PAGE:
VALERIE

How could such an abnormal article have been written about such a great, normal guy? I completely missed the good things said about Bruce because they were overwhelmed by voice-overs, cameramen, fade ins, music, etc. A terrific guy like Jenner deserves a terrifically written article.

Up music and fade out as the camera closes in on the tear running down Valerie's disappointed face.
VALERIE HULL
Orem, Utah

Sir:
For Mr. Jenner's peace of mind: The "That man is a success..." quote was written by Robert Louis Stevenson.
DAN MOHAN
Charlottesville, Va.

Sir:
Please tell Jenner that the author of his favorite saying was Ralph Waldo Emerson.
DOLORES ROMANYSHYN
Kernersville, N.C.

Sir:
The words (slightly garbled in Jenner's version) were written by Bessie Anderson Stanley (1879-1953) in 1904. I knew her well; she was my wife's grandmother and, to use Jenner's words in another context, "a great, great lady."
R.L. LANE
Omaha

•Sentiments quite similar to Jenner's quote can be found in all three places.—ED.

NOT SO TENDER TRAP
Sir:
Could you please tell me if Measure 5 passed in Oregon (VIEWPOINT, Nov. 3). I pray that it did, because I was horrified by the number of people who allow innocent animals to die painful and cruel deaths. Michael Baughman's excellent article touched me strongly.
BILL HOWARD
Knoxville, Tenn.

•Measure 5 was soundly defeated.—ED.

Sir:
I would like to suggest that Michael Baughman and Sara Polenick get together and buy a small spread out here in coyote country.

Baughman says that it is the same old story of ranchers promoting their own interests ahead of broader concerns. If that means protecting your domestic animals or chickens or range-born calves or foals, you'd better believe that I am one of those people. Baughman, and the rest of the bleeding hearts, may know that rodents make up the bulk of the coyote's diet. Only problem is that nobody ever took time to explain that to the coyotes. Hunters kill only adult buck deer and antelope for meat. Coyotes kill twice as many deer and antelope fawn.

Contrary to Baughman's statement, most stockmen do know that the U.S. Fish and Wildlife Service will handle trapping free of charge. However, does Baughman have any idea of the amount of red tape, documentary evidence and time required to obtain this service? A calf-killing coyote could die of old age first!

I say, "Thank God for commercial trappers." The coyote may or may not be endangered as a species, but every one that I get in the sights of my rifle sure is. I would damned sight rather see a fawn or a newborn calf or foal on this range than a stinking, mangy, sneaking coyote.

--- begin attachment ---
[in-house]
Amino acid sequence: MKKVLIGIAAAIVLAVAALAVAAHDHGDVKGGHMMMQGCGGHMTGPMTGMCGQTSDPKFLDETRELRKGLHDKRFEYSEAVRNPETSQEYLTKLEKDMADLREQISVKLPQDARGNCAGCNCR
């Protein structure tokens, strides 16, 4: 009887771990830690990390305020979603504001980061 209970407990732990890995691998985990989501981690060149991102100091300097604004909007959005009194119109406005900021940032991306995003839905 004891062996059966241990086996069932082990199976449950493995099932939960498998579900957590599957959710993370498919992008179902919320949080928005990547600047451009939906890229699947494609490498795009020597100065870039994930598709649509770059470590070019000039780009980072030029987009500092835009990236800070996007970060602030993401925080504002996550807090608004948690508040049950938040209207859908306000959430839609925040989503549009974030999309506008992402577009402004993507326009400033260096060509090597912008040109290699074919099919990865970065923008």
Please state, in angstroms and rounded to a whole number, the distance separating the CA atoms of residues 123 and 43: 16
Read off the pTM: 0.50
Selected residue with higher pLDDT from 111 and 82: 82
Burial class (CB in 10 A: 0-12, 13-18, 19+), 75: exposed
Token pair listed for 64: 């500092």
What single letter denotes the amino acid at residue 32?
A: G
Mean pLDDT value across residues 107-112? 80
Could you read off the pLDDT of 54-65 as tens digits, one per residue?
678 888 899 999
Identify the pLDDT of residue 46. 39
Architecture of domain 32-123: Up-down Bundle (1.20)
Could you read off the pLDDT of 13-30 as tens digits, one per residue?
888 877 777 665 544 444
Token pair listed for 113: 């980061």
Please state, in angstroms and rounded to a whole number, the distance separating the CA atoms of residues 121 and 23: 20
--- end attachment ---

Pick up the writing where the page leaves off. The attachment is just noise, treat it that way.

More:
A.R. MARTIN
Peach Springs, Ariz.

UPSTART BOOTERS
Sir:
It's Happy Days at Appy! (Nov. 10) presented an excellent portrayal of soccer Coach Hank Steinbrecher. Having played for and coached with Hank for five years, I found myself agreeing with J.D. Reed's impression of the man.

However, Reed failed to make clear one thing that all of Steinbrecher's players, past and present, would agree upon—not only does he teach his athletes a lot about soccer, but he also teaches them a lot about life. That kind of ability and insight is increasingly hard to find in top-level sports.
ERIC VAUGHTER
Dayton

Sir:
Instead of writing about a team largely made up of foreigners, why not write of the schools with American talent—the University of Connecticut, for instance? Not only is it an all-American team but the majority of the players come from in-state. Joseph P. Morrone is one of the most respected coaches in college soccer, and his Huskies, as of this writing in mid-November, are ranked third in the nation with a record of 19-1 and a 17-game winning streak. The two schools ranked above them, the University of San Francisco and Alabama A&M, are both totally dependent on foreigners.

You ought to show your readers—and young soccer players—that good, exciting college soccer need not rely on a multinational scheme.
WILLIAM Z. CULLEN
Birmingham

THE NAME OF THE GAME
Sir:
The LPGA did not change the Colgate-Dinah Shore Winners Circle to the Colgate-Dinah Shore (VIEWPOINT, Nov. 10). This Association does not have the power to do that. However, the sponsor, the Colgate-Palmolive Company, made a corporate decision to shorten the name to Colgate-Dinah Shore to follow the Associated Press' new guidelines that stipulate clean and precise titles.
JOHN A. HEWIG
Director, Communications, LPGA
New York City

Address editorial mail to SPORTS ILLUSTRATED, Time & Life Building, Rockefeller Center, New York, New York, 10020.